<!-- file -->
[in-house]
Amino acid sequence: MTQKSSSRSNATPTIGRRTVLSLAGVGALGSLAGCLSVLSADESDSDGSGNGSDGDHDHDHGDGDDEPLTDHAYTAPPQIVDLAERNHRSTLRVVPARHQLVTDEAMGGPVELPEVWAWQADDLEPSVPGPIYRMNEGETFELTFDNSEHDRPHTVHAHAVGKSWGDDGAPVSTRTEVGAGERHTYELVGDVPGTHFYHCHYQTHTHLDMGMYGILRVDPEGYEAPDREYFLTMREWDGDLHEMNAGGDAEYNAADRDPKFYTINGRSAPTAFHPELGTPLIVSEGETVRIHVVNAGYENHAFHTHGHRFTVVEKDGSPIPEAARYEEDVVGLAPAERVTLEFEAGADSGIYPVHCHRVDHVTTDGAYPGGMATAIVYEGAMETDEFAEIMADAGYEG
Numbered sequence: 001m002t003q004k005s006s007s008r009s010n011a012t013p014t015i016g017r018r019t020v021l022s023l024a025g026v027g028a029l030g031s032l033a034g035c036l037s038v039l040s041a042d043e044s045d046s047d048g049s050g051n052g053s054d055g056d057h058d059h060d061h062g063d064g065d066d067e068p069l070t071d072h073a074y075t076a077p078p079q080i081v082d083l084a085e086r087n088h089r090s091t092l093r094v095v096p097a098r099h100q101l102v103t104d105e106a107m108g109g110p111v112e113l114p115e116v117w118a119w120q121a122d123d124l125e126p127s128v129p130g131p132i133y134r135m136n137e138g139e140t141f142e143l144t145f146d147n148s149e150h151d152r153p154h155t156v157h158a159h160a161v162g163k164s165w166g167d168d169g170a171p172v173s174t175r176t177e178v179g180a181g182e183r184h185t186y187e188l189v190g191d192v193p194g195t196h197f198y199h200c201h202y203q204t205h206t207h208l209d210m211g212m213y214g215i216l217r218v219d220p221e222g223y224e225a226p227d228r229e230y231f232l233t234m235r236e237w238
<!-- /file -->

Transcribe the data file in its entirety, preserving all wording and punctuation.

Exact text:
[in-house]
Amino acid sequence: MTQKSSSRSNATPTIGRRTVLSLAGVGALGSLAGCLSVLSADESDSDGSGNGSDGDHDHDHGDGDDEPLTDHAYTAPPQIVDLAERNHRSTLRVVPARHQLVTDEAMGGPVELPEVWAWQADDLEPSVPGPIYRMNEGETFELTFDNSEHDRPHTVHAHAVGKSWGDDGAPVSTRTEVGAGERHTYELVGDVPGTHFYHCHYQTHTHLDMGMYGILRVDPEGYEAPDREYFLTMREWDGDLHEMNAGGDAEYNAADRDPKFYTINGRSAPTAFHPELGTPLIVSEGETVRIHVVNAGYENHAFHTHGHRFTVVEKDGSPIPEAARYEEDVVGLAPAERVTLEFEAGADSGIYPVHCHRVDHVTTDGAYPGGMATAIVYEGAMETDEFAEIMADAGYEG
Numbered sequence: 001m002t003q004k005s006s007s008r009s010n011a012t013p014t015i016g017r018r019t020v021l022s023l024a025g026v027g028a029l030g031s032l033a034g035c036l037s038v039l040s041a042d043e044s045d046s047d048g049s050g051n052g053s054d055g056d057h058d059h060d061h062g063d064g065d066d067e068p069l070t071d072h073a074y075t076a077p078p079q080i081v082d083l084a085e086r087n088h089r090s091t092l093r094v095v096p097a098r099h100q101l102v103t104d105e106a107m108g109g110p111v112e113l114p115e116v117w118a119w120q121a122d123d124l125e126p127s128v129p130g131p132i133y134r135m136n137e138g139e140t141f142e143l144t145f146d147n148s149e150h151d152r153p154h155t156v157h158a159h160a161v162g163k164s165w166g167d168d169g170a171p172v173s174t175r176t177e178v179g180a181g182e183r184h185t186y187e188l189v190g191d192v193p194g195t196h197f198y199h200c201h202y203q204t205h206t207h208l209d210m211g212m213y214g215i216l217r218v219d220p221e222g223y224e225a226p227d228r229e230y231f232l233t234m235r236e237w238